TV vets Teri Hatcher, left, Jane Kaczmarek and Patricia Heaton gather at Sunday's 2006 Comedy for a Cure event, which benefited the Tuberous Sclerosis Alliance.
By Sharon Knolle, Special for USA TODAY
HOLLYWOOD -- What is nothing worth? A cool $7,500, if it's presented by Teri Hatcher.
Hatcher didn't sing, as did Hairspray's Marissa Jaret Winokur, and she didn't receive an award in her honor, as did Julianne Moore. What the Desperate Housewives star did do was raise a lot of money at the Comedy for a Cure event benefiting the Tuberous Sclerosis Alliance Sunday night in The Music Box at the Henry Fonda Theater.
At the live auction, honorary chairwoman Hatcher modeled a pear-drop diamond pendant from Harry Winston, valued at $17,000, posing with the eager buyer who coughed up $16,000. And she stepped in when an item listed in the catalog didn't arrive.
"You don't have to make room for it in your closet; you don't have to put anything anywhere," she announced as the room slowly caught on that they were bidding, literally, on nothing. But someone took the bait, bidding $7,500 for the non-existent item known as "Teri Hatcher's Nothing."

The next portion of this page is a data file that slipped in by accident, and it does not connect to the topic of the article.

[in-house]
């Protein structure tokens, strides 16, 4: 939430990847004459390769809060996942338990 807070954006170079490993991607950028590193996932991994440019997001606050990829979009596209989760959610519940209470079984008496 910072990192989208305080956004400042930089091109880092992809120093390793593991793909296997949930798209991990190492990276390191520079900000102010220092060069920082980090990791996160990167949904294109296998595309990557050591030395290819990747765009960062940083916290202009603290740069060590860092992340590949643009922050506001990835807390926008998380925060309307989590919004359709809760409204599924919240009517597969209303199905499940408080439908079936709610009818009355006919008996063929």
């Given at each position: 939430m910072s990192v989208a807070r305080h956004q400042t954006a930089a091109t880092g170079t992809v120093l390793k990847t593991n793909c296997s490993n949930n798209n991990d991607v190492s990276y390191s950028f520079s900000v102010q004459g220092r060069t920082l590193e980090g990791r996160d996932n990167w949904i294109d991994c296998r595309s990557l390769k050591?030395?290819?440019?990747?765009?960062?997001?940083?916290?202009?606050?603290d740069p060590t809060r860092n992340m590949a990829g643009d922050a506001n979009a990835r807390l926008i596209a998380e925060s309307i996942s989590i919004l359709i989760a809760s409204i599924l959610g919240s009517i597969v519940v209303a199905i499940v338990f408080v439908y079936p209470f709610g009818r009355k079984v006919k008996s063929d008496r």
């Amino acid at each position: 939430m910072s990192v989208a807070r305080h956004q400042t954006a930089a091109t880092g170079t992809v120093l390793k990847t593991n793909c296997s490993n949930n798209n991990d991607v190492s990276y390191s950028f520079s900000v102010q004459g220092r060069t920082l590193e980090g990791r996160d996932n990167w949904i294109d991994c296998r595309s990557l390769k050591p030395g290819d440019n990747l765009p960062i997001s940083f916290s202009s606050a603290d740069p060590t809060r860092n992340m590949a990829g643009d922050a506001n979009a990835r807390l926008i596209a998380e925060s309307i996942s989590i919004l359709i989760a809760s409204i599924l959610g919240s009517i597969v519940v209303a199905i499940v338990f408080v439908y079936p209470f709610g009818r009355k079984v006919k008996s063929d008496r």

Motivated by co-host Jane Kaczmarek's organization, Clothes Off Our Back, which auctions celebrity clothing for children's charities and as an event partner asked for celebrity-donated handbags for the occasion, Hatcher offered a hatbox containing six of her purses. As she showed off the purses, including a bag by L'Oreal for Golden Globe nominees, she detailed the contents of one: euros and a business card that a professional matchmaker slipped her recently. "Everyone clearly knows about my pathetic, single dating life, right?" she said as the crowd hooted. The collection went for $7,500.
Patricia Heaton, who also co-hosted, spent $23,000 on a Garth Books guitar for her son that the country superstar will personalize later. "I gave up drinking for Lent, but I've had two cocktails," she announced, explaining her splurge. She blamed her cross-bidder for "putting me in the poorhouse."
The proceeds for the evening went to benefit children with a little-known disease, tuberous sclerosis. It gives rise to tumors affecting major organs: the heart, the kidneys and especially the brain. Many victims suffer seizures or are developmentally delayed.
Somber presentations of children and families who are coping with the disease made for an awkward segue into the evening's comedy.
Andy Kindler (Everybody Loves Raymond, The Daily Show) opened. He was followed by Sarah Silverman, who had the audience in stitches when they weren't gasping at her off-color jokes.
Posted 4/3/2006 8:09 PM
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